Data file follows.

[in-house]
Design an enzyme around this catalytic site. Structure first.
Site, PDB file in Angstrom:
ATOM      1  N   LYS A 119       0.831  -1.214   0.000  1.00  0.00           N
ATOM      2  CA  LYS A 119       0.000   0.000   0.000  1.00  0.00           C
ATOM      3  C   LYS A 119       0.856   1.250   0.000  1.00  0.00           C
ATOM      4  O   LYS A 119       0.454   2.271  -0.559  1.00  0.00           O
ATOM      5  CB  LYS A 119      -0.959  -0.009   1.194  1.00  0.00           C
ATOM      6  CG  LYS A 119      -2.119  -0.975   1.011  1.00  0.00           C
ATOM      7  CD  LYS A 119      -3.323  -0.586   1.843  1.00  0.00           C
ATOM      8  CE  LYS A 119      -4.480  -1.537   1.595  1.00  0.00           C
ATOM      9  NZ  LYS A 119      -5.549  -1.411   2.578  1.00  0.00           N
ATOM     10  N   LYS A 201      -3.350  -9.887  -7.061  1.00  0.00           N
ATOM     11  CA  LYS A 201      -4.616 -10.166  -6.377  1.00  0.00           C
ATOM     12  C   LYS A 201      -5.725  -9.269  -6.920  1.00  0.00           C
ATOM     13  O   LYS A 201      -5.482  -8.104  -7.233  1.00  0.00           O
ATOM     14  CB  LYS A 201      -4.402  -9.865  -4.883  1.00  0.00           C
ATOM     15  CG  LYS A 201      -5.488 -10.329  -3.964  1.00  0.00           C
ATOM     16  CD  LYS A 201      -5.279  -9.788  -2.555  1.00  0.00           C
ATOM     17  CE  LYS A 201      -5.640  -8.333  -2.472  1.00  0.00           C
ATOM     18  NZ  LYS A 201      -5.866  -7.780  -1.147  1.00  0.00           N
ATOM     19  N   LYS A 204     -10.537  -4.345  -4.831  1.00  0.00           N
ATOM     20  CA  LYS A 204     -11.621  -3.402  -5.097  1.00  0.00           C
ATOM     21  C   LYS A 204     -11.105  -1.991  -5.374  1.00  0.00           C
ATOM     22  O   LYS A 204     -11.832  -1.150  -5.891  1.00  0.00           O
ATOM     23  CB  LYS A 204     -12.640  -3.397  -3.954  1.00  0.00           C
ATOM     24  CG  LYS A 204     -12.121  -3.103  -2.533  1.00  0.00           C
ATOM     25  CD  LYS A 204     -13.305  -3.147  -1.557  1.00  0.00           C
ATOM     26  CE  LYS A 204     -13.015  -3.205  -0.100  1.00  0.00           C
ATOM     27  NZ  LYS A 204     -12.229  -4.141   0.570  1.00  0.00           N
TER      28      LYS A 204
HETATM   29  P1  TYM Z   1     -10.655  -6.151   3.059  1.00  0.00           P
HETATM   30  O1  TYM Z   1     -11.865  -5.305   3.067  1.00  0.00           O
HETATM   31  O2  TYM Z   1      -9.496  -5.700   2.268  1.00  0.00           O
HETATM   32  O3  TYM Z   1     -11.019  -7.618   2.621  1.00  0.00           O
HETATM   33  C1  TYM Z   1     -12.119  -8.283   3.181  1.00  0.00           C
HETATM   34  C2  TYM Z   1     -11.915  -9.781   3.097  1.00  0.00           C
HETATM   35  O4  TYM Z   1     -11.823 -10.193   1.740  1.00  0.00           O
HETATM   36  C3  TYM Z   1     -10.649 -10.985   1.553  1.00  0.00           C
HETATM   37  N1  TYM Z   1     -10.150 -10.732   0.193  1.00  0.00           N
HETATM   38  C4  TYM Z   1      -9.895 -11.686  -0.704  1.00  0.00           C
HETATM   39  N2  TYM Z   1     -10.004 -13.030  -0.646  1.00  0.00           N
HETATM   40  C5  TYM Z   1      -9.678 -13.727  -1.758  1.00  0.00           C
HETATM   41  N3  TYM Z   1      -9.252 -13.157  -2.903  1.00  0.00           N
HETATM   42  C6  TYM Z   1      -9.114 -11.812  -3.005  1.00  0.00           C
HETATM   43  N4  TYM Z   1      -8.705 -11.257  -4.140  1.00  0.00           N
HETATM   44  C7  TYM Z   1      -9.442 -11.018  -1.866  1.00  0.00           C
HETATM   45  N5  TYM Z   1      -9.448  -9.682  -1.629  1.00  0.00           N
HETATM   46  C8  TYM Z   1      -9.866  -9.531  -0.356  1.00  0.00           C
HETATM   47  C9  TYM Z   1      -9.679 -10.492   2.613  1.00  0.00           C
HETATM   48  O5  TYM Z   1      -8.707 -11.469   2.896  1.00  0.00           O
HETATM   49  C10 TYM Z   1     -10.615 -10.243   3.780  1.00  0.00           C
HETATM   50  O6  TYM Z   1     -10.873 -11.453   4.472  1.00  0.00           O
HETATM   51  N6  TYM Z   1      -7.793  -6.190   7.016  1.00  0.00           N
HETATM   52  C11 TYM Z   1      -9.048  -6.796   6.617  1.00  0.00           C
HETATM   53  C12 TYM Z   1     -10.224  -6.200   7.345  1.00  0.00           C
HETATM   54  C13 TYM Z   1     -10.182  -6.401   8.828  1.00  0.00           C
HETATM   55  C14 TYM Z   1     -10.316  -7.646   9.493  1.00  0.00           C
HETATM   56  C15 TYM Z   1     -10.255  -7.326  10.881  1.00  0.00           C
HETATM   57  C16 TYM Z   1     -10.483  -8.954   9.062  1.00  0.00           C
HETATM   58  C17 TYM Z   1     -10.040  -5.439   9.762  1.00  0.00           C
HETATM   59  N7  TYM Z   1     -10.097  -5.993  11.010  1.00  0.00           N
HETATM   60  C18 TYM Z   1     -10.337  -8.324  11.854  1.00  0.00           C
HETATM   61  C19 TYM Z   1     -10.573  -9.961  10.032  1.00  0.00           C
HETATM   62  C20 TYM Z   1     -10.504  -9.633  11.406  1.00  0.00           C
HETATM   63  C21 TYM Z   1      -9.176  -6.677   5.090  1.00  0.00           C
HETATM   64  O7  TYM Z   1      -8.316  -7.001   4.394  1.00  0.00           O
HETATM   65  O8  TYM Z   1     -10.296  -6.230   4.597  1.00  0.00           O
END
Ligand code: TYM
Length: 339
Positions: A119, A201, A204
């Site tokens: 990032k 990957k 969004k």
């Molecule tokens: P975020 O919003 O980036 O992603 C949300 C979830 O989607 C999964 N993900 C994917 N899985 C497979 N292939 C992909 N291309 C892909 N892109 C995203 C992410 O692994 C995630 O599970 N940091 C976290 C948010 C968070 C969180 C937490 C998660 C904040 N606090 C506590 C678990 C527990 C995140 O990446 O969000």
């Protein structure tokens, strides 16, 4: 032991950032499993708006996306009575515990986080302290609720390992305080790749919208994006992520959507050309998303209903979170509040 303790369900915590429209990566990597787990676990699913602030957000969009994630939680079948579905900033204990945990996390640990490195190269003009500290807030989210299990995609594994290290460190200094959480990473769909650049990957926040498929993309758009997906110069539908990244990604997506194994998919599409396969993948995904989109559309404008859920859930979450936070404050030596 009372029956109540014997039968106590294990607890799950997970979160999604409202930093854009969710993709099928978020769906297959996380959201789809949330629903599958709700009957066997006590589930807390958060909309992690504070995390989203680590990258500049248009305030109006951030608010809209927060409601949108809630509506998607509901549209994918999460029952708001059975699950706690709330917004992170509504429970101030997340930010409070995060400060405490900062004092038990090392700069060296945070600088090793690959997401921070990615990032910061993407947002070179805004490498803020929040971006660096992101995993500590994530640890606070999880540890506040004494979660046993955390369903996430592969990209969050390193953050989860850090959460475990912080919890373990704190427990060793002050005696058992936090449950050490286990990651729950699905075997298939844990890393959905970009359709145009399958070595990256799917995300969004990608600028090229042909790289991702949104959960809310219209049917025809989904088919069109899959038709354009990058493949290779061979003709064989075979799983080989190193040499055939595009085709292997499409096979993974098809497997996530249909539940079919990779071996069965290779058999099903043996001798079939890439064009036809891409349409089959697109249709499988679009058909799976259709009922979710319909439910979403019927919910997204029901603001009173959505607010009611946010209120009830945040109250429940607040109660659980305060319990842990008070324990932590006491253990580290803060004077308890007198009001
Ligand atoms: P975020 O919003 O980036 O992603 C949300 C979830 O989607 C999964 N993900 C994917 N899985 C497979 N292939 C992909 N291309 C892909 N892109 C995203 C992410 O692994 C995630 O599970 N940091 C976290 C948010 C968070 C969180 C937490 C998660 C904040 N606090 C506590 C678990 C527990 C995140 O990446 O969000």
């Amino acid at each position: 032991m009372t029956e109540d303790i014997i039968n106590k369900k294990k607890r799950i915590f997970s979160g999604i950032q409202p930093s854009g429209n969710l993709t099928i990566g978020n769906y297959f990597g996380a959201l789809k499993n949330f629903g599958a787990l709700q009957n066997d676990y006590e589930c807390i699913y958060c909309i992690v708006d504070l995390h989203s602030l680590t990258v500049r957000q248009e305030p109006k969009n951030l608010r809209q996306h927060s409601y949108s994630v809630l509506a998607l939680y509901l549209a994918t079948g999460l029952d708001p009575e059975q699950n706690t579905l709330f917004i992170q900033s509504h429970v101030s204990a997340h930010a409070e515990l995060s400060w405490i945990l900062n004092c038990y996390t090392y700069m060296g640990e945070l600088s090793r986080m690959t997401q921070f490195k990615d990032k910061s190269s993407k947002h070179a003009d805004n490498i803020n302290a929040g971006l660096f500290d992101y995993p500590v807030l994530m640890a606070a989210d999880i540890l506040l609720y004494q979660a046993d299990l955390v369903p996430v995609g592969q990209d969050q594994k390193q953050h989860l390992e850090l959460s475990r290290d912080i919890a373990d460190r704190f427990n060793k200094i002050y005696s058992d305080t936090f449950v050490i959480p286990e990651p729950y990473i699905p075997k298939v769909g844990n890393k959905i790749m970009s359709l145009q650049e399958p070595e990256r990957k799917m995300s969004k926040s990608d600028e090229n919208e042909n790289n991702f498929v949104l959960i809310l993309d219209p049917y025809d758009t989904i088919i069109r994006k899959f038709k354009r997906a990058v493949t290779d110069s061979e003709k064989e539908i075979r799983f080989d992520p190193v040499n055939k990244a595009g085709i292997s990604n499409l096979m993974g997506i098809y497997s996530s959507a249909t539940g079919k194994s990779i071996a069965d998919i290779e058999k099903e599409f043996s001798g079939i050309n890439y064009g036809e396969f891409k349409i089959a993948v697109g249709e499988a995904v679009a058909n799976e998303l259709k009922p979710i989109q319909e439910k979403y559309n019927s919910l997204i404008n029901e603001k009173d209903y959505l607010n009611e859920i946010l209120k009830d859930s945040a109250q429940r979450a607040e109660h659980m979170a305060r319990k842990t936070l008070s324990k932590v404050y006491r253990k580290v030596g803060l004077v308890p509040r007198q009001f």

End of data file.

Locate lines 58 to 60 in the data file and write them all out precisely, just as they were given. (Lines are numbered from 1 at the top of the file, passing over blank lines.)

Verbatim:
HETATM   55  C14 TYM Z   1     -10.316  -7.646   9.493  1.00  0.00           C
HETATM   56  C15 TYM Z   1     -10.255  -7.326  10.881  1.00  0.00           C
HETATM   57  C16 TYM Z   1     -10.483  -8.954   9.062  1.00  0.00           C